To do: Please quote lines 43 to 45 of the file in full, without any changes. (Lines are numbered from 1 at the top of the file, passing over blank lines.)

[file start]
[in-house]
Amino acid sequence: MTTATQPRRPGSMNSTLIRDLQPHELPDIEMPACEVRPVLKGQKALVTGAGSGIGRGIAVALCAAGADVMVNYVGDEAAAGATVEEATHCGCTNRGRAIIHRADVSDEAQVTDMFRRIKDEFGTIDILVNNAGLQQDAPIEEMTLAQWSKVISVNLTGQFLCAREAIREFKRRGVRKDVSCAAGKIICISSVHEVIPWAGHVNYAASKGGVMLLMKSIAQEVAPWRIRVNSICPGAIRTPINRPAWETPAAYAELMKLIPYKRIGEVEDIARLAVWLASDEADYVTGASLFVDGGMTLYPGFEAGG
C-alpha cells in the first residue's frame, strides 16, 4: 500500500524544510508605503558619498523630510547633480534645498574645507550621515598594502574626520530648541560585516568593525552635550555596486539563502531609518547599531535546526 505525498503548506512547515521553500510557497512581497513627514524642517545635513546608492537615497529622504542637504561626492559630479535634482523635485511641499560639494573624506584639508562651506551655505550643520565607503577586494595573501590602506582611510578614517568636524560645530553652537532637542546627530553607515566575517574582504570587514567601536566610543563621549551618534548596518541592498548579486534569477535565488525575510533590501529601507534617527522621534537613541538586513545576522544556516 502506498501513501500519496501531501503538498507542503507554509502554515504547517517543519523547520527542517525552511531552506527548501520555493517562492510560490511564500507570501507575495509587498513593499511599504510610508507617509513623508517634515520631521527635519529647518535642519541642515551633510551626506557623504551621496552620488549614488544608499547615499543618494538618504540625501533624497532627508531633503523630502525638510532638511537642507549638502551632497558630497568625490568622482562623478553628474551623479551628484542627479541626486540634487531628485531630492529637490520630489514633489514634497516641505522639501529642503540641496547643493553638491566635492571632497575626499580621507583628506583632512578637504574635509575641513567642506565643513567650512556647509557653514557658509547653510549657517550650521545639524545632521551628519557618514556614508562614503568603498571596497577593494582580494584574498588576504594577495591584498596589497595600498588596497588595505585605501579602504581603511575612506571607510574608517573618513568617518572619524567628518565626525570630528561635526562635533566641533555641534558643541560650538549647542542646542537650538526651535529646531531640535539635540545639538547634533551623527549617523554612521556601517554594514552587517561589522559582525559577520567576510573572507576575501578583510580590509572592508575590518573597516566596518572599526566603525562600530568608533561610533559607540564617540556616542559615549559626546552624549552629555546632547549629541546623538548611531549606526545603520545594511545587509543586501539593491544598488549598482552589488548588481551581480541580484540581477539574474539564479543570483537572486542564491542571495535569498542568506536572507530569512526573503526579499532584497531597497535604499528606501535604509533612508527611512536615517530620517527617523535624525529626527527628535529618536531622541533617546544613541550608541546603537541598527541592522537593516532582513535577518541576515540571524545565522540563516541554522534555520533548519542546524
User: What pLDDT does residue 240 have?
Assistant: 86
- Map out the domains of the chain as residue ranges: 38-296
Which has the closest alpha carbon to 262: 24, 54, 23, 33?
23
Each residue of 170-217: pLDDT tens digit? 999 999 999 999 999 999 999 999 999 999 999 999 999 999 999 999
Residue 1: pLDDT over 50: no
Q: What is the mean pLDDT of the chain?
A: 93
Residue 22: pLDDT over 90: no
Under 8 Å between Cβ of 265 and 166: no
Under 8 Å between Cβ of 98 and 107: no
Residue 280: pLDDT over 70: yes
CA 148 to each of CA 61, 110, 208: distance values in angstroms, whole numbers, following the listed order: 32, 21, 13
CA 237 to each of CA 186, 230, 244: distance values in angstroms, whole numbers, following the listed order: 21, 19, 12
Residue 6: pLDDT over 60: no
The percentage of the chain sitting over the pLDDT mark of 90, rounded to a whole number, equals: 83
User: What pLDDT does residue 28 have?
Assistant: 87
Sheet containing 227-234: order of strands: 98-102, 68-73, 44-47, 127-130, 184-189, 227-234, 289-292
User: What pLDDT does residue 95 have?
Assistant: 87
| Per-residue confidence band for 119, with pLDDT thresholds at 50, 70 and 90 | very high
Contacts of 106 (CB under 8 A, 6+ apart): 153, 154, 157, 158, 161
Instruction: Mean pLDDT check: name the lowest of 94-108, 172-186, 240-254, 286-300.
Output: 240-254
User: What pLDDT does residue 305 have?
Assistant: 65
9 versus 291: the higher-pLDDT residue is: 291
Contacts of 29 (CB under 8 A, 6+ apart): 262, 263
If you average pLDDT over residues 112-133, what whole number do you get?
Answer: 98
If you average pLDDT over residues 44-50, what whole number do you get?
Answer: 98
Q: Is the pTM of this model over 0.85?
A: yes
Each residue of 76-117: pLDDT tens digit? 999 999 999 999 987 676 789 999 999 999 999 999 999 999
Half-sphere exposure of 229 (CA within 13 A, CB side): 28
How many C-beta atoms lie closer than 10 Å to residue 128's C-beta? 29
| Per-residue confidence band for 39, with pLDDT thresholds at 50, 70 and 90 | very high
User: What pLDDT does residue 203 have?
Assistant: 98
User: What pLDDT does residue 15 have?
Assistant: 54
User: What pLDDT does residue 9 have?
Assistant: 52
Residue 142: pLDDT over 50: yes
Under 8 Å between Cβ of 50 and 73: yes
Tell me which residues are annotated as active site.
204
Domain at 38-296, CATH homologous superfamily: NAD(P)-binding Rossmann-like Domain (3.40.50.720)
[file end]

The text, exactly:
| Per-residue confidence band for 39, with pLDDT thresholds at 50, 70 and 90 | very high
User: What pLDDT does residue 203 have?
Assistant: 98